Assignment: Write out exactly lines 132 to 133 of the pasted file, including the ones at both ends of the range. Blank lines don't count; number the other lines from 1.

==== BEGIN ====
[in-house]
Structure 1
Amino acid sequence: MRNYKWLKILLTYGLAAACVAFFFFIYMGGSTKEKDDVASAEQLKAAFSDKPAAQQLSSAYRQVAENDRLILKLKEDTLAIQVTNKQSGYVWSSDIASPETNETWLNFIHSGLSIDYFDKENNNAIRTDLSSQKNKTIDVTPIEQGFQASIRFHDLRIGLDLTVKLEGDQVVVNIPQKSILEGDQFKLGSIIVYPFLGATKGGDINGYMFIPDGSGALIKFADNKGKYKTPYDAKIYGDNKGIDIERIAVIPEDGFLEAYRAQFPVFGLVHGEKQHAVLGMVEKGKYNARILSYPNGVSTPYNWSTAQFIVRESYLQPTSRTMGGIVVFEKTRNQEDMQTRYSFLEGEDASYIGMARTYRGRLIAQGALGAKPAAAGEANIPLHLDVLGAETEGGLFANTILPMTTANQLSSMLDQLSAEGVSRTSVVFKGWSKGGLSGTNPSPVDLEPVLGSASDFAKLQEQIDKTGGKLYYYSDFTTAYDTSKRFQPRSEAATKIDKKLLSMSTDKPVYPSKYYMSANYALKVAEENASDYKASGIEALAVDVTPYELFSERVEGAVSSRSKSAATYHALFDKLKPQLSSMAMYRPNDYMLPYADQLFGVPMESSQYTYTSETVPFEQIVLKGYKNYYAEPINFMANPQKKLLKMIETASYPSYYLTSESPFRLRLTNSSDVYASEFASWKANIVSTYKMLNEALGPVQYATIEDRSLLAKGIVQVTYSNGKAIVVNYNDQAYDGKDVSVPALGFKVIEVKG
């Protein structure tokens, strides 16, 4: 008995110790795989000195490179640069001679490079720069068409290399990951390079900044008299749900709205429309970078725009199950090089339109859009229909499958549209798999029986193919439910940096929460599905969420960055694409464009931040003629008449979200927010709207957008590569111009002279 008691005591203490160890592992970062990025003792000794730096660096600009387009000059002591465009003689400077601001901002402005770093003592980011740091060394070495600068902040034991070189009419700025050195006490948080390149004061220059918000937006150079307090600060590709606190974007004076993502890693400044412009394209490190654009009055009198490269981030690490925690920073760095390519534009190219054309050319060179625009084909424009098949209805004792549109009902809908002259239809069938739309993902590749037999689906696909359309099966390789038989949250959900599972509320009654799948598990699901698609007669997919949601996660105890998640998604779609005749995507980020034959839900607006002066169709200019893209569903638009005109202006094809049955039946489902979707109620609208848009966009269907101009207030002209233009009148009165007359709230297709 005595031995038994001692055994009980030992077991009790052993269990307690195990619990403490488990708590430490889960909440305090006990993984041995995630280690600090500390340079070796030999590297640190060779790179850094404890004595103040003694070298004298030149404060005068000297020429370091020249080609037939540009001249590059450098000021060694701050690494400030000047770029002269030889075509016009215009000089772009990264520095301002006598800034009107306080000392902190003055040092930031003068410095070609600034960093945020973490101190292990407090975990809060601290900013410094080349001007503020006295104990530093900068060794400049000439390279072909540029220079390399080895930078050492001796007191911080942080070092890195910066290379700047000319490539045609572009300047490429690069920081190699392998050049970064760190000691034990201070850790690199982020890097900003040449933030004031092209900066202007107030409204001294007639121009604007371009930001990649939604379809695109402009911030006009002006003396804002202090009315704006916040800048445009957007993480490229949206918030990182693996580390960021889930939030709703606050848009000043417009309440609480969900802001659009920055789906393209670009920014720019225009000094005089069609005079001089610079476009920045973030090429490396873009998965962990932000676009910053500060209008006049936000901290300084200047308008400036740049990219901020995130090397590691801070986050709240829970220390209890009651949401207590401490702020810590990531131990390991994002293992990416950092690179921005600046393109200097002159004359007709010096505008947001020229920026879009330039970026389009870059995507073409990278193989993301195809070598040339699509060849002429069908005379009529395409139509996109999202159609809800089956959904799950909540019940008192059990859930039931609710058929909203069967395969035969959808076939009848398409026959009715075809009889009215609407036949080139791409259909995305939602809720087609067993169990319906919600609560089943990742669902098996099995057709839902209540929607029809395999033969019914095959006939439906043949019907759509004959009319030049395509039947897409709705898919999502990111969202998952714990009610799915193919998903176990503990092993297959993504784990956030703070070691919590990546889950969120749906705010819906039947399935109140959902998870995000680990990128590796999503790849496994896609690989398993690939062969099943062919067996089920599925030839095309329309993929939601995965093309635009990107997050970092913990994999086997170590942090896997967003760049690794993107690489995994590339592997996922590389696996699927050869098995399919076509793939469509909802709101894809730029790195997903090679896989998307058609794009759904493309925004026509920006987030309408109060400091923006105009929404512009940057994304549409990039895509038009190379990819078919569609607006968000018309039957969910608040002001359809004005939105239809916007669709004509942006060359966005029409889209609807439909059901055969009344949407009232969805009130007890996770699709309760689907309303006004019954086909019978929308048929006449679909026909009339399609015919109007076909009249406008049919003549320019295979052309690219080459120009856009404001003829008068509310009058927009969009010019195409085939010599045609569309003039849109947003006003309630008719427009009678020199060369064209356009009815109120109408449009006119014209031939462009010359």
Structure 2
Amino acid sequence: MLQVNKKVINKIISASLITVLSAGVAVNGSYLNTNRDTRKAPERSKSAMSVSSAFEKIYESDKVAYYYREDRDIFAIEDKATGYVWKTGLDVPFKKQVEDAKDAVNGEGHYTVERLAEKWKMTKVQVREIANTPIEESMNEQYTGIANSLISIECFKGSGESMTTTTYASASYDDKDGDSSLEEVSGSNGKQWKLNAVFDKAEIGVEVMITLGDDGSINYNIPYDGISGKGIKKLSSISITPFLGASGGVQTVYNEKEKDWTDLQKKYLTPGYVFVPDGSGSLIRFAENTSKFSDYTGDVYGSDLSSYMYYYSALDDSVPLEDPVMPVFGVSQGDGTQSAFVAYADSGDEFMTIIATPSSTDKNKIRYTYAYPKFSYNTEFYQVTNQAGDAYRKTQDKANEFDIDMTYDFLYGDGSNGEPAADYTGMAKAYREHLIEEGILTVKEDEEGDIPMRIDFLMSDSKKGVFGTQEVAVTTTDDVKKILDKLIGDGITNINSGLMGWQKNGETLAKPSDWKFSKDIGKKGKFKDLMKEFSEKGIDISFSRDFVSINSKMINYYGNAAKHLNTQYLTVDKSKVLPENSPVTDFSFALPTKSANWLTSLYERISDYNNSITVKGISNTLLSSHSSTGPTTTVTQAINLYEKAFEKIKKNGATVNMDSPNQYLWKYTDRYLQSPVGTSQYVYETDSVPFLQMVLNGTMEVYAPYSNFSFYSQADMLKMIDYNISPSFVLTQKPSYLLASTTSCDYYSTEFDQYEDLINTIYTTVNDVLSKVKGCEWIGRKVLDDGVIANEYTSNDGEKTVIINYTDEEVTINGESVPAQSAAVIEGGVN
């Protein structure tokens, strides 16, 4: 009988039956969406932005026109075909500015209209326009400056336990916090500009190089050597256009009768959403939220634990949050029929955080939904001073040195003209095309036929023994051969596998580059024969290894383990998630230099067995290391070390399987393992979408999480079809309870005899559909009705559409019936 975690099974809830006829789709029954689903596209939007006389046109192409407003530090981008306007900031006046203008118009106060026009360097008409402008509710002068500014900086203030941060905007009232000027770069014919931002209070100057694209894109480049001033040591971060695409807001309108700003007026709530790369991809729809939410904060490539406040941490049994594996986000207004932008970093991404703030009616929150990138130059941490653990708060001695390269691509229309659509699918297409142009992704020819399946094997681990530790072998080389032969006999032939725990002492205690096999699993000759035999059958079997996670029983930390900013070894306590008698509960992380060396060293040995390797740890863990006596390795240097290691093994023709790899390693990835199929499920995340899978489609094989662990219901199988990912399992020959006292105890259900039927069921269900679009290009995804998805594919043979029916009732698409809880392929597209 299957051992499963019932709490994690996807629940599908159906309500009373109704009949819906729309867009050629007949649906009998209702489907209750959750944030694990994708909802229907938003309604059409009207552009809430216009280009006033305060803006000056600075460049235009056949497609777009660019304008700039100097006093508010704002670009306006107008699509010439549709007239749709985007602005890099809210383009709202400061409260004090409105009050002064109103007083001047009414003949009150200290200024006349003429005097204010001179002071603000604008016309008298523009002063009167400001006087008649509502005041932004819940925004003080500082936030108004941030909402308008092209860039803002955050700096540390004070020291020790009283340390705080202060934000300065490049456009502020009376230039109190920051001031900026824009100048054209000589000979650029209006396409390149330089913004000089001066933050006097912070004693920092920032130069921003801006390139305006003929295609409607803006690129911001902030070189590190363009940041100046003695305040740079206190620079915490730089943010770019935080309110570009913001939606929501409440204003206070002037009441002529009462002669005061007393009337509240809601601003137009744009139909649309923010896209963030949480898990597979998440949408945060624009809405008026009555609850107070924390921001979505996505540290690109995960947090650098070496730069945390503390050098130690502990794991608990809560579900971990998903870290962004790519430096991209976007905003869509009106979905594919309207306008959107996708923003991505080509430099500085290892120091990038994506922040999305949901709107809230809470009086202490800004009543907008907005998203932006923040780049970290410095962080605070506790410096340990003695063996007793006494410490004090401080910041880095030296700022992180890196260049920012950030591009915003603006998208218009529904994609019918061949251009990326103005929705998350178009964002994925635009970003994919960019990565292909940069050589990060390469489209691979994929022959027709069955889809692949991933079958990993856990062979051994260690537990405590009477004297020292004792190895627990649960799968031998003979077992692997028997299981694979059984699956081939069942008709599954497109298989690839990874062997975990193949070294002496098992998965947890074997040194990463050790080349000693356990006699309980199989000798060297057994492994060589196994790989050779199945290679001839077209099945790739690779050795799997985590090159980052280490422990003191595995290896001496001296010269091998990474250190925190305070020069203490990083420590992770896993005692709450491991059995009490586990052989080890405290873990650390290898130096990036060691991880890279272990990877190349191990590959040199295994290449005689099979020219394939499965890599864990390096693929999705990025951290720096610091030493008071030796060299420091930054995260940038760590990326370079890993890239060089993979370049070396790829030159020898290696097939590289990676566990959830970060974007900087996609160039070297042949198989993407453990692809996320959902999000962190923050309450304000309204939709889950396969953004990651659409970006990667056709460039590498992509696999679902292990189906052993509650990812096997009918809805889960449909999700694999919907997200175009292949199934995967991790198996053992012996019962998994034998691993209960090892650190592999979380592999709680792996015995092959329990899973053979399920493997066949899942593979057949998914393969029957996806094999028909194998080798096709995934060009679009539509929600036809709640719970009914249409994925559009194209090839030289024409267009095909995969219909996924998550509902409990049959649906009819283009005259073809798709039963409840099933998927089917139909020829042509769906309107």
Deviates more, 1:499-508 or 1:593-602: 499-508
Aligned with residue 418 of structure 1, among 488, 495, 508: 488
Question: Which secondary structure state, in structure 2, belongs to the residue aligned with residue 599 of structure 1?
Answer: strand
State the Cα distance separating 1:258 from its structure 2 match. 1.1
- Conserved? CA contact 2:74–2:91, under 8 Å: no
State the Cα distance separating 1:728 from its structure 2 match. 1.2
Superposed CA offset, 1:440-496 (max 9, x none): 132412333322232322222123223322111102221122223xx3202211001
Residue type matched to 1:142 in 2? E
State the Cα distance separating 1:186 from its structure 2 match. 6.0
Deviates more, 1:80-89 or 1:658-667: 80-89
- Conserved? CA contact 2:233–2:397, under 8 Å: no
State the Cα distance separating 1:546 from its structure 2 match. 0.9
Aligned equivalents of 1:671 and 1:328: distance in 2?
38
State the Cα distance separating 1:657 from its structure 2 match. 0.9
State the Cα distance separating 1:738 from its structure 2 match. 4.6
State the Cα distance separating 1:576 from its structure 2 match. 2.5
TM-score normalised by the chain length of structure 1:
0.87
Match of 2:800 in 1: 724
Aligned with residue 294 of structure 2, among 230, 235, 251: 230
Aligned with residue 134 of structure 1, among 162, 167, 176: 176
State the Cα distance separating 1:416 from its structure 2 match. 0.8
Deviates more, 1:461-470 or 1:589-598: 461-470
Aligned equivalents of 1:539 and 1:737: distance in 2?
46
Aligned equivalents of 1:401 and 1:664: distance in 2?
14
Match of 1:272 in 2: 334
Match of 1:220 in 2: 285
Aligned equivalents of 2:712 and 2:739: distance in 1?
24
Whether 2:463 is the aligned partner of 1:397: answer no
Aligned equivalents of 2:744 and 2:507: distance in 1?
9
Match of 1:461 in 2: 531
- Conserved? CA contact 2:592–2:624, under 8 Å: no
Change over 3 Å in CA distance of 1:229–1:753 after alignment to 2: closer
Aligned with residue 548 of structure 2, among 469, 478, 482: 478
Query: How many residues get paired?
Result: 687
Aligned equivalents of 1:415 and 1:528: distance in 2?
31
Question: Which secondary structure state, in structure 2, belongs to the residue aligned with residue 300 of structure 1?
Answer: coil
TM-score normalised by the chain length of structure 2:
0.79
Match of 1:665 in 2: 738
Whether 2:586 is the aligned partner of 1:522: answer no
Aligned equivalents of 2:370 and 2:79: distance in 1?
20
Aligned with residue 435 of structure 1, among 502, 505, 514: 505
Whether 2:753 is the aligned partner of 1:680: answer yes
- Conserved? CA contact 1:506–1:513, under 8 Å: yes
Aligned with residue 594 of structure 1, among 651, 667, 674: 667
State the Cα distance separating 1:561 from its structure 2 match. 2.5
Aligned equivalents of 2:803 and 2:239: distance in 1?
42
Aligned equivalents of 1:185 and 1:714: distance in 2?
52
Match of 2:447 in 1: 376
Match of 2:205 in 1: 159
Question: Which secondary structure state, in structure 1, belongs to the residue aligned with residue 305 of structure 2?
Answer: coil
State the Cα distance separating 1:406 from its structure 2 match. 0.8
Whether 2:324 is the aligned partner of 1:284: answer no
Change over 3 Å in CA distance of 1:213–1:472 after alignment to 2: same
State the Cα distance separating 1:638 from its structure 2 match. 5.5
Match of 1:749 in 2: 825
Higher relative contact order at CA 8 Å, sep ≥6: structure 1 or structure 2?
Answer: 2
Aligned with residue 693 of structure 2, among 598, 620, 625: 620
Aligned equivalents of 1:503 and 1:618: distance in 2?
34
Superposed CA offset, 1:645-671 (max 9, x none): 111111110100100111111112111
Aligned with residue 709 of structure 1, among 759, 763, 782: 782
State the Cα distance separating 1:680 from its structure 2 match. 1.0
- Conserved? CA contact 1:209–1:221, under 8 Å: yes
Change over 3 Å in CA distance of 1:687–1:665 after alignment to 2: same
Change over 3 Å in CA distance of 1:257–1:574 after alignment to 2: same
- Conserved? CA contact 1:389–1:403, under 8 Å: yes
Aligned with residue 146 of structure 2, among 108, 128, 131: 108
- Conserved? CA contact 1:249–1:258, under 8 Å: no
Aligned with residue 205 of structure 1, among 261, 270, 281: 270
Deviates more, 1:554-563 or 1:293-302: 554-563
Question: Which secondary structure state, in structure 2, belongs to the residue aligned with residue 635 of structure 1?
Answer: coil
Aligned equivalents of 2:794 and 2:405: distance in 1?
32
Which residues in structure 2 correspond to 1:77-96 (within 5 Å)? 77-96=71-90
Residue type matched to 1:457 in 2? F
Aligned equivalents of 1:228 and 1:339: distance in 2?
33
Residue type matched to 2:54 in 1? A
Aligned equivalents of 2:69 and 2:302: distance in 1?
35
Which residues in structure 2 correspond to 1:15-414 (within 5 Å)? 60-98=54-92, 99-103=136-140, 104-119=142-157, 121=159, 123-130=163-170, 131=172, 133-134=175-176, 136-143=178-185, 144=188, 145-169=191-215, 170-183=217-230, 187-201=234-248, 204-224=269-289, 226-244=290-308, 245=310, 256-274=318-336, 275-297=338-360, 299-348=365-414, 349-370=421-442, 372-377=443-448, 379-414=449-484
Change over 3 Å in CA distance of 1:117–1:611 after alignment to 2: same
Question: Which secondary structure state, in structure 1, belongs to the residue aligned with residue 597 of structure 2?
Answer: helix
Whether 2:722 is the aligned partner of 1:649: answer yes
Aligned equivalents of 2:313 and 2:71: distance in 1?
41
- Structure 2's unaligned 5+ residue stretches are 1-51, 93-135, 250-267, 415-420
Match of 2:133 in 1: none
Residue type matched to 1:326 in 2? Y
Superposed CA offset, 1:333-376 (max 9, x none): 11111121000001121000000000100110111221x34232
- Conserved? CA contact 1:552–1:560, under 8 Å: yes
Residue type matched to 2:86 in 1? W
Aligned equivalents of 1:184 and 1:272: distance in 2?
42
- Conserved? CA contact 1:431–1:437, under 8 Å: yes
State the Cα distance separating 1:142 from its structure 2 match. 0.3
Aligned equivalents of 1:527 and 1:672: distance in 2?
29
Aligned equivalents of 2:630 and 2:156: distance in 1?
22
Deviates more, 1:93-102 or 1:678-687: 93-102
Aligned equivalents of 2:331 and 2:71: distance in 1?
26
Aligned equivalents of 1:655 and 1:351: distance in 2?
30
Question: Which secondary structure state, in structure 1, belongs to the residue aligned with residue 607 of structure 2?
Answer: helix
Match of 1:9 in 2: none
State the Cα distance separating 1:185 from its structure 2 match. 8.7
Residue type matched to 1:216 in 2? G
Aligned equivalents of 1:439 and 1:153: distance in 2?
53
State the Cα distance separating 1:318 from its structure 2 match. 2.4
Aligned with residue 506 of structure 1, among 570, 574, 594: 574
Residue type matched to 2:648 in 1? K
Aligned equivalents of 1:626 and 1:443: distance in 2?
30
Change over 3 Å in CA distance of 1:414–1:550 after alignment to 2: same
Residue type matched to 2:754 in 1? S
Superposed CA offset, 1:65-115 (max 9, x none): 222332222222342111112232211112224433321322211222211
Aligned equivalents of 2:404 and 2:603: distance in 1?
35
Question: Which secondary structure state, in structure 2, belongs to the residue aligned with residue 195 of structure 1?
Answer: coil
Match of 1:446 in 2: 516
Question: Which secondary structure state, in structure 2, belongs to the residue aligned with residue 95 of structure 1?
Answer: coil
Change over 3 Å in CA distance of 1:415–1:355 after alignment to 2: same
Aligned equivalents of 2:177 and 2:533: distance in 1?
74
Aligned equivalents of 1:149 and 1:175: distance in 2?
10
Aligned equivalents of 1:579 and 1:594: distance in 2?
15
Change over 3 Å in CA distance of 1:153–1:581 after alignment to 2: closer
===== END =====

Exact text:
Answer: helix
Match of 1:9 in 2: none